Having my baby was the hardest yet most rewarding thing I have ever done.
There were times during my 19 hours of labor that I didn’t think I could take anymore.
Throughout the process, there were several nurses at Mother Frances Hospital who guided and helped me, but one nurse was there to the end.
Nancy Kniffen was my coach, cheerleader and support. She was stern when she needed to be and made me laugh when I needed it.
When I thought I could take no more, she told me I could.
She tried to make the hard, drawn-out process as enjoyable as possible.
An avid Dallas Cowboys fan, as I am, she tried to keep my husband, Joe, calm by calling out to him every once in a while to give us the score of the game on television.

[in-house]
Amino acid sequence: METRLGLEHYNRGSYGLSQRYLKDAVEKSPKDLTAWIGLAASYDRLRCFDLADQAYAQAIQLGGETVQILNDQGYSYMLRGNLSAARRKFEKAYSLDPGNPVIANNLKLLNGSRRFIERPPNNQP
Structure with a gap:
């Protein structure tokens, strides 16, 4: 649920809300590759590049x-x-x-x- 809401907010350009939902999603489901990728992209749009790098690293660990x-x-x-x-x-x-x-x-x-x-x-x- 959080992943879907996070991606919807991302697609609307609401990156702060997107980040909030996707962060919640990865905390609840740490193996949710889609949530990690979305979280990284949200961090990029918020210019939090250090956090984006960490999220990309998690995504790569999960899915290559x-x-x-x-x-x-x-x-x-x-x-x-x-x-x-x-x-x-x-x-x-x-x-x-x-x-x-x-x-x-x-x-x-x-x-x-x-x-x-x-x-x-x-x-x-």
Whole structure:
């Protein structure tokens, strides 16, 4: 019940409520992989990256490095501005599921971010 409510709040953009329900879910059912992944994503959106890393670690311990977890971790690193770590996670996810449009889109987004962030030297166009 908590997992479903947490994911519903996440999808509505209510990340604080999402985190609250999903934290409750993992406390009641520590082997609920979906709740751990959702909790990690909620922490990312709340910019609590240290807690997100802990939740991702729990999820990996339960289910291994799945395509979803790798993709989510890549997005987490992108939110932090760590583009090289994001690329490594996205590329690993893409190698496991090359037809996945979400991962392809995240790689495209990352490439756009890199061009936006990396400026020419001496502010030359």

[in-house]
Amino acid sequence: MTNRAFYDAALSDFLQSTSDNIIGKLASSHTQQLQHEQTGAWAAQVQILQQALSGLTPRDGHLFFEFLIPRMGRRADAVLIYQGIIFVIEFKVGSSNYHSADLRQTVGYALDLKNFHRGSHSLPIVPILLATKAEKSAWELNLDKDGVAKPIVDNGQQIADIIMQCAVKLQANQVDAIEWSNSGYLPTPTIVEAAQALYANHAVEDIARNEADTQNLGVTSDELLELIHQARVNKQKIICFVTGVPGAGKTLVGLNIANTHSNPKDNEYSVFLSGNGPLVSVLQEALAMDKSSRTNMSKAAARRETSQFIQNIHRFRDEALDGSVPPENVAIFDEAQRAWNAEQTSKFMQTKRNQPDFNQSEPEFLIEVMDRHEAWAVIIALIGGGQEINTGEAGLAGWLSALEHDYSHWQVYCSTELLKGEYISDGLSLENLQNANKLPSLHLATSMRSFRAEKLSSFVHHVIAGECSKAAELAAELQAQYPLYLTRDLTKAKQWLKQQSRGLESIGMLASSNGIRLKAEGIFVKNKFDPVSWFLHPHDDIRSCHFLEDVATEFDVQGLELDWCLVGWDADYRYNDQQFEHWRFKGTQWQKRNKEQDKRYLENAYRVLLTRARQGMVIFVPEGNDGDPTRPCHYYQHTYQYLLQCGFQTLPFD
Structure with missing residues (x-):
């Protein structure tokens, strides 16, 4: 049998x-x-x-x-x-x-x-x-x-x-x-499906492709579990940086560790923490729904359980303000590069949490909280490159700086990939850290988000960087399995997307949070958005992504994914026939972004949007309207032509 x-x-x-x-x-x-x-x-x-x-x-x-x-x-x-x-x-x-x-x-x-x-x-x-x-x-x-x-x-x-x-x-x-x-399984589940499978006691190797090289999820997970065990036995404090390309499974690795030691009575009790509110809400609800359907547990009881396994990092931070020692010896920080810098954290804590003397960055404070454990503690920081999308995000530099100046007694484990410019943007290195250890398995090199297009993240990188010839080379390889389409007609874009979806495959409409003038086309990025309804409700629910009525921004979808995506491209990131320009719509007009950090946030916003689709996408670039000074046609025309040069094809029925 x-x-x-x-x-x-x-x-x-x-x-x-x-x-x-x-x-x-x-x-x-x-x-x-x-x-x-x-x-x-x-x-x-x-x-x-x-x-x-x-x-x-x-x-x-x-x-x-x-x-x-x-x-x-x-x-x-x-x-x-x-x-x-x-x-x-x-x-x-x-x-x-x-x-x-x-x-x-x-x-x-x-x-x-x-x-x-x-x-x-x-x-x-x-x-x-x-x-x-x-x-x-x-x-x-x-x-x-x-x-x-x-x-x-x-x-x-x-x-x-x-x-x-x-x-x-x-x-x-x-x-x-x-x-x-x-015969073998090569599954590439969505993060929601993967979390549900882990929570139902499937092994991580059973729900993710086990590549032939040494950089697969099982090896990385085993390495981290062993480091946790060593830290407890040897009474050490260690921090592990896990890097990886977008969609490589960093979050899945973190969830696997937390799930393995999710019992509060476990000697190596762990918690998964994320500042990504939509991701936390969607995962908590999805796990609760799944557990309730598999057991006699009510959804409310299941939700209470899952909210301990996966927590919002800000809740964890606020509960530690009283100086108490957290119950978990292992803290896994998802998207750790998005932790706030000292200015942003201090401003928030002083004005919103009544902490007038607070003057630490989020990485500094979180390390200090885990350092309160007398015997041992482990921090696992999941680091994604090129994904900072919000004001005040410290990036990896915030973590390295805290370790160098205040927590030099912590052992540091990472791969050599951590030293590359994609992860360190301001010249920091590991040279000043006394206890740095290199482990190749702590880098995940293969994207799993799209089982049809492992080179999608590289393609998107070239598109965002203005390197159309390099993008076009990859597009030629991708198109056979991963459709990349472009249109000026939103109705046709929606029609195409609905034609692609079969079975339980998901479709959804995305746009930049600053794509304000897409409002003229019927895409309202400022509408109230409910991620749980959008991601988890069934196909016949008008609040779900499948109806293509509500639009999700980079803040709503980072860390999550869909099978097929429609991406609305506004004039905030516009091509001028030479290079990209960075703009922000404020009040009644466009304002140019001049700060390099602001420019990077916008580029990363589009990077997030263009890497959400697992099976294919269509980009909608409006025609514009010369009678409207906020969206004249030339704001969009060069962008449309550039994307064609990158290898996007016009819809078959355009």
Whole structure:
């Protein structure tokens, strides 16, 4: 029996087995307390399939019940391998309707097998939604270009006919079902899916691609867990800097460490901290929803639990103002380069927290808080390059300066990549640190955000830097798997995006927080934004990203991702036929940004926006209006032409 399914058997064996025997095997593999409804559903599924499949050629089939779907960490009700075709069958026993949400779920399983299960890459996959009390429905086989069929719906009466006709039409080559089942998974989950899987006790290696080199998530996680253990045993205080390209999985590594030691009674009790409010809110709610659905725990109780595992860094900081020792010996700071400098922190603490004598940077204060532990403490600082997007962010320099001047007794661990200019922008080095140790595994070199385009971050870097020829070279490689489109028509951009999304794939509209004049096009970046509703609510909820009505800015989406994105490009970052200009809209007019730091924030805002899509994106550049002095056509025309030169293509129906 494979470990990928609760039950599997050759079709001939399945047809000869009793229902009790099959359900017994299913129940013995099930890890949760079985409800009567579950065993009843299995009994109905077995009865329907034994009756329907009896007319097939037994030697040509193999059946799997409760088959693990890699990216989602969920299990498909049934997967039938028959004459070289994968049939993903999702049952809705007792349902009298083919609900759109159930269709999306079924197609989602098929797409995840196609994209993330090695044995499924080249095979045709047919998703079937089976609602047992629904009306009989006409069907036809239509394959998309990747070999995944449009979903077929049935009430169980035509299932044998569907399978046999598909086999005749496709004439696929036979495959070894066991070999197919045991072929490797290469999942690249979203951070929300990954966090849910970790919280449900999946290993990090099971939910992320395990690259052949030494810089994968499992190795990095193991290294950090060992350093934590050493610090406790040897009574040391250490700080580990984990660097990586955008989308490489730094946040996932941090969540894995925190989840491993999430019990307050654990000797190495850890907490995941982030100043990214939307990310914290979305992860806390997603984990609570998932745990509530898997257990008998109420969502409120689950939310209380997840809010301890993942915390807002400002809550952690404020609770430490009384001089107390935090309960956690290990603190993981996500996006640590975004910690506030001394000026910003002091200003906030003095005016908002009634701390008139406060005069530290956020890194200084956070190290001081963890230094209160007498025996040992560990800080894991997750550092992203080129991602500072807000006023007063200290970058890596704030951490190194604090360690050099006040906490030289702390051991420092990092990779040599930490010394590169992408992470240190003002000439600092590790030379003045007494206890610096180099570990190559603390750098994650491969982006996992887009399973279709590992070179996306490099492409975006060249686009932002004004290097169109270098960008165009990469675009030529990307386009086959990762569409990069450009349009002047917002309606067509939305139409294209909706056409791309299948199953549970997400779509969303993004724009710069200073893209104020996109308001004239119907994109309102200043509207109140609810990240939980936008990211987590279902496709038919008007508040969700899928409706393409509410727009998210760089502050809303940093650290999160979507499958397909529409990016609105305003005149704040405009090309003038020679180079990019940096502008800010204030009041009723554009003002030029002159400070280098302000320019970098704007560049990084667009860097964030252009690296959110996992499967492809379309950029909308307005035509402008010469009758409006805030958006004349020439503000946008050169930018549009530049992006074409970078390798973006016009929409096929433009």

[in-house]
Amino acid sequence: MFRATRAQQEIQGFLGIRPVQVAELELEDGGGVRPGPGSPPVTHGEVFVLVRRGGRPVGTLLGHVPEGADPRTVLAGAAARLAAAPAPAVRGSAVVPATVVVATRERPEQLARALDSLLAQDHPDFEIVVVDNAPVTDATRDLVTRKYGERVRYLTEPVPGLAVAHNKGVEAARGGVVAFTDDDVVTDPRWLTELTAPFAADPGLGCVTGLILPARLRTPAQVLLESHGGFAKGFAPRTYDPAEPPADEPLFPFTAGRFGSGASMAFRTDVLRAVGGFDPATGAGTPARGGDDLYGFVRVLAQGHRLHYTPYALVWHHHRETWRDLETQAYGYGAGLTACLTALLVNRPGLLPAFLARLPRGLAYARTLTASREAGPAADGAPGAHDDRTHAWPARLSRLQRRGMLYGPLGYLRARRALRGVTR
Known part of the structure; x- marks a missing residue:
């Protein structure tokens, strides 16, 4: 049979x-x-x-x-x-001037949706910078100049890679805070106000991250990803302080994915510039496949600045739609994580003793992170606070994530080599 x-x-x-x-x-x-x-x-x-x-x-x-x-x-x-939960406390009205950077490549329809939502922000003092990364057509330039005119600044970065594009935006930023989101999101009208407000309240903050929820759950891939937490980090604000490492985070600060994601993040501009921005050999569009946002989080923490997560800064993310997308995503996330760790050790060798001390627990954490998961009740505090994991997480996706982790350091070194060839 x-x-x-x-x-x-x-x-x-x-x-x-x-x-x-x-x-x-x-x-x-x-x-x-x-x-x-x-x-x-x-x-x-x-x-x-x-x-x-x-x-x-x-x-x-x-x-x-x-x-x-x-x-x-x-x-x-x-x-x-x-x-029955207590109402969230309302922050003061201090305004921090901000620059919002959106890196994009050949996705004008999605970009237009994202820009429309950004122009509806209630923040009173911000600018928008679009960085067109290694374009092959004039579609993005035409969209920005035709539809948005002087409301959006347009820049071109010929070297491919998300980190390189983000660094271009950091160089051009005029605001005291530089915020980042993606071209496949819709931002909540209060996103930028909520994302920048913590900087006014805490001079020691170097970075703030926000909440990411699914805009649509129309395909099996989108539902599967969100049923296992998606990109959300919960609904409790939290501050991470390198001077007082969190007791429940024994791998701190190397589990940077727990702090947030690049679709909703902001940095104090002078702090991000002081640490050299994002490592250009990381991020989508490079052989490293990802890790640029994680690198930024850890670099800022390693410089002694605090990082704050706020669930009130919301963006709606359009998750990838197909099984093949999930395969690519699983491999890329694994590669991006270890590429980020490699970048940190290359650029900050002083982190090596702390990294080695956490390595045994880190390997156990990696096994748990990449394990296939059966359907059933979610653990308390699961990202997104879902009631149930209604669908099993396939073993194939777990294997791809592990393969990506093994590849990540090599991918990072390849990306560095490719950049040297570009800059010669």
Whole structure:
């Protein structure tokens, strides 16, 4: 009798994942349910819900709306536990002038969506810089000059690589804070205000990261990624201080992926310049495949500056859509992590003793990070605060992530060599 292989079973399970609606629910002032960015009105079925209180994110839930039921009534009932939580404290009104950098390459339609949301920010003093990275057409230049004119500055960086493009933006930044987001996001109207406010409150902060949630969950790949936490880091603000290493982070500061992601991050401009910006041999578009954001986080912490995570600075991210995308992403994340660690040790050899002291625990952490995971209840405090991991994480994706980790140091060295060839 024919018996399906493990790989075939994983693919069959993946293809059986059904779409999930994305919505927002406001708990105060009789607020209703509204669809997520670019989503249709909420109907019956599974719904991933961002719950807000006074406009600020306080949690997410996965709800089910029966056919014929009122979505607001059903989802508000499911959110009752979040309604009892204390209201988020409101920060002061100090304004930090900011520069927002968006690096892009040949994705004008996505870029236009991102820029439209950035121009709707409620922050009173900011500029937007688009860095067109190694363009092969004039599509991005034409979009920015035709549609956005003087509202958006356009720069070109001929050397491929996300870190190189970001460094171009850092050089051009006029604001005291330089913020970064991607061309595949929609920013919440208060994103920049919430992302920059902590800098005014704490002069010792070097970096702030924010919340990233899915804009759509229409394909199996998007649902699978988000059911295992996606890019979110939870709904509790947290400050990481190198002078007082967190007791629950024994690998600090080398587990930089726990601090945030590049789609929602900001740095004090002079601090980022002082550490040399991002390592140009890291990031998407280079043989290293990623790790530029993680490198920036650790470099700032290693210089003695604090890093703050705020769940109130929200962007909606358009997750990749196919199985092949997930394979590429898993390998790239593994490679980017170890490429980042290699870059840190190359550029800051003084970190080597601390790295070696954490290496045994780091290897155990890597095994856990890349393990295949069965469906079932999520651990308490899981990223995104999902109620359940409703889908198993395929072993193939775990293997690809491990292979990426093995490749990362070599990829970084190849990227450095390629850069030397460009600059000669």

And she had a rolling bet with the nurse delivering a baby next door.
Apparently, there was a mother in labor as I was, and the two nurses had each bet that they would deliver their baby first.
Neck and neck, the race ended up at the wire.
It came to the point that the doctor was going to the woman next door to deliver her baby, but Ms. Kniffen persuaded her that I needed her services first.
And it was just in time, because by the time the doctor entered the room, Ms. Kniffen was preparing to deliver my baby herself.
I felt sorry that the woman next door had to wait an extra 30 minutes or so for the doctor.
I don’t know what kind of prize Ms. Kniffen won for the bet, but I feel like I won the best prize of all — my beautiful baby, Dean Jakob, had entered the world and changed my life forever.
I feel like I owe Ms. Kniffen so much for all of her help to make that happen.
Casey Murphy lives in Tyler and is Morning Telegraph business editor.